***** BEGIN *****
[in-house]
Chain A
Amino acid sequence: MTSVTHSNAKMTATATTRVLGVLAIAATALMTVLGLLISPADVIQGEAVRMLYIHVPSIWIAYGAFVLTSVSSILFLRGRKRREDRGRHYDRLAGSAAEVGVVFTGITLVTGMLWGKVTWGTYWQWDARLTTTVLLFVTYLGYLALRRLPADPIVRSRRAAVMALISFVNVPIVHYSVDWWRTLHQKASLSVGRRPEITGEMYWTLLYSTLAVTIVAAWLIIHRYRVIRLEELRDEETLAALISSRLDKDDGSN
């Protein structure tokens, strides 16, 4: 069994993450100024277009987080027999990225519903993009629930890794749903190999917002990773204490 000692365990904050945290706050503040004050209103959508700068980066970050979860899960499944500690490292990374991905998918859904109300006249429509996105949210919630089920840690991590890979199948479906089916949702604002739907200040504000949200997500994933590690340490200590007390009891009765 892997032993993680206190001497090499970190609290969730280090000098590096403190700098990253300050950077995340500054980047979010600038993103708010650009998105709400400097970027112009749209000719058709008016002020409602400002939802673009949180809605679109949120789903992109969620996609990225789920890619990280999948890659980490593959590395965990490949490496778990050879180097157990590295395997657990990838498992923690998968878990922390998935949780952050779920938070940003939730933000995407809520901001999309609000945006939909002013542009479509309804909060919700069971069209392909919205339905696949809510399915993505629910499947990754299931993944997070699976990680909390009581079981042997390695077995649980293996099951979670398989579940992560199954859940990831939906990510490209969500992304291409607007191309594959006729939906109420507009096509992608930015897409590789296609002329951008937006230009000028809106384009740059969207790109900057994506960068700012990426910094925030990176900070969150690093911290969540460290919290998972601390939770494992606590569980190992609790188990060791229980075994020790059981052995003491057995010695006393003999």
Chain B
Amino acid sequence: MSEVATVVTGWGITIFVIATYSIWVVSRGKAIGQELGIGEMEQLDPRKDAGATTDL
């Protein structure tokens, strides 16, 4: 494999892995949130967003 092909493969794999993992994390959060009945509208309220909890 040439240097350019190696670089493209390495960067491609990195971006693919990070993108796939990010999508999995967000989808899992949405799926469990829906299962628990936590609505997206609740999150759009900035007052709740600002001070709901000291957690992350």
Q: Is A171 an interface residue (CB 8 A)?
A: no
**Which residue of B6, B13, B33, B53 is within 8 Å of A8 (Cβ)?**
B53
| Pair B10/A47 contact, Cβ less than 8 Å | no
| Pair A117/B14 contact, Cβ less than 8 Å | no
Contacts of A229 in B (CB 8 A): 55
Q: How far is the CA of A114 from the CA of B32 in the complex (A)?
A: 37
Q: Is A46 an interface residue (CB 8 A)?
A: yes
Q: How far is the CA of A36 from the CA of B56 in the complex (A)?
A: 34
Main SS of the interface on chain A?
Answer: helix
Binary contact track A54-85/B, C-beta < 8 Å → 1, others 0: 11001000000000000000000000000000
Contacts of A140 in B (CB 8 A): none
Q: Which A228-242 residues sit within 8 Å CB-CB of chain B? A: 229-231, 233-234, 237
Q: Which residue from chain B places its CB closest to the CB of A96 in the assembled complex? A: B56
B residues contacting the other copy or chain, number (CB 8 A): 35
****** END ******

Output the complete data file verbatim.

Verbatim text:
[in-house]
Chain A
Amino acid sequence: MTSVTHSNAKMTATATTRVLGVLAIAATALMTVLGLLISPADVIQGEAVRMLYIHVPSIWIAYGAFVLTSVSSILFLRGRKRREDRGRHYDRLAGSAAEVGVVFTGITLVTGMLWGKVTWGTYWQWDARLTTTVLLFVTYLGYLALRRLPADPIVRSRRAAVMALISFVNVPIVHYSVDWWRTLHQKASLSVGRRPEITGEMYWTLLYSTLAVTIVAAWLIIHRYRVIRLEELRDEETLAALISSRLDKDDGSN
């Protein structure tokens, strides 16, 4: 069994993450100024277009987080027999990225519903993009629930890794749903190999917002990773204490 000692365990904050945290706050503040004050209103959508700068980066970050979860899960499944500690490292990374991905998918859904109300006249429509996105949210919630089920840690991590890979199948479906089916949702604002739907200040504000949200997500994933590690340490200590007390009891009765 892997032993993680206190001497090499970190609290969730280090000098590096403190700098990253300050950077995340500054980047979010600038993103708010650009998105709400400097970027112009749209000719058709008016002020409602400002939802673009949180809605679109949120789903992109969620996609990225789920890619990280999948890659980490593959590395965990490949490496778990050879180097157990590295395997657990990838498992923690998968878990922390998935949780952050779920938070940003939730933000995407809520901001999309609000945006939909002013542009479509309804909060919700069971069209392909919205339905696949809510399915993505629910499947990754299931993944997070699976990680909390009581079981042997390695077995649980293996099951979670398989579940992560199954859940990831939906990510490209969500992304291409607007191309594959006729939906109420507009096509992608930015897409590789296609002329951008937006230009000028809106384009740059969207790109900057994506960068700012990426910094925030990176900070969150690093911290969540460290919290998972601390939770494992606590569980190992609790188990060791229980075994020790059981052995003491057995010695006393003999």
Chain B
Amino acid sequence: MSEVATVVTGWGITIFVIATYSIWVVSRGKAIGQELGIGEMEQLDPRKDAGATTDL
């Protein structure tokens, strides 16, 4: 494999892995949130967003 092909493969794999993992994390959060009945509208309220909890 040439240097350019190696670089493209390495960067491609990195971006693919990070993108796939990010999508999995967000989808899992949405799926469990829906299962628990936590609505997206609740999150759009900035007052709740600002001070709901000291957690992350």
Q: Is A171 an interface residue (CB 8 A)?
A: no
**Which residue of B6, B13, B33, B53 is within 8 Å of A8 (Cβ)?**
B53
| Pair B10/A47 contact, Cβ less than 8 Å | no
| Pair A117/B14 contact, Cβ less than 8 Å | no
Contacts of A229 in B (CB 8 A): 55
Q: How far is the CA of A114 from the CA of B32 in the complex (A)?
A: 37
Q: Is A46 an interface residue (CB 8 A)?
A: yes
Q: How far is the CA of A36 from the CA of B56 in the complex (A)?
A: 34
Main SS of the interface on chain A?
Answer: helix
Binary contact track A54-85/B, C-beta < 8 Å → 1, others 0: 11001000000000000000000000000000
Contacts of A140 in B (CB 8 A): none
Q: Which A228-242 residues sit within 8 Å CB-CB of chain B? A: 229-231, 233-234, 237
Q: Which residue from chain B places its CB closest to the CB of A96 in the assembled complex? A: B56
B residues contacting the other copy or chain, number (CB 8 A): 35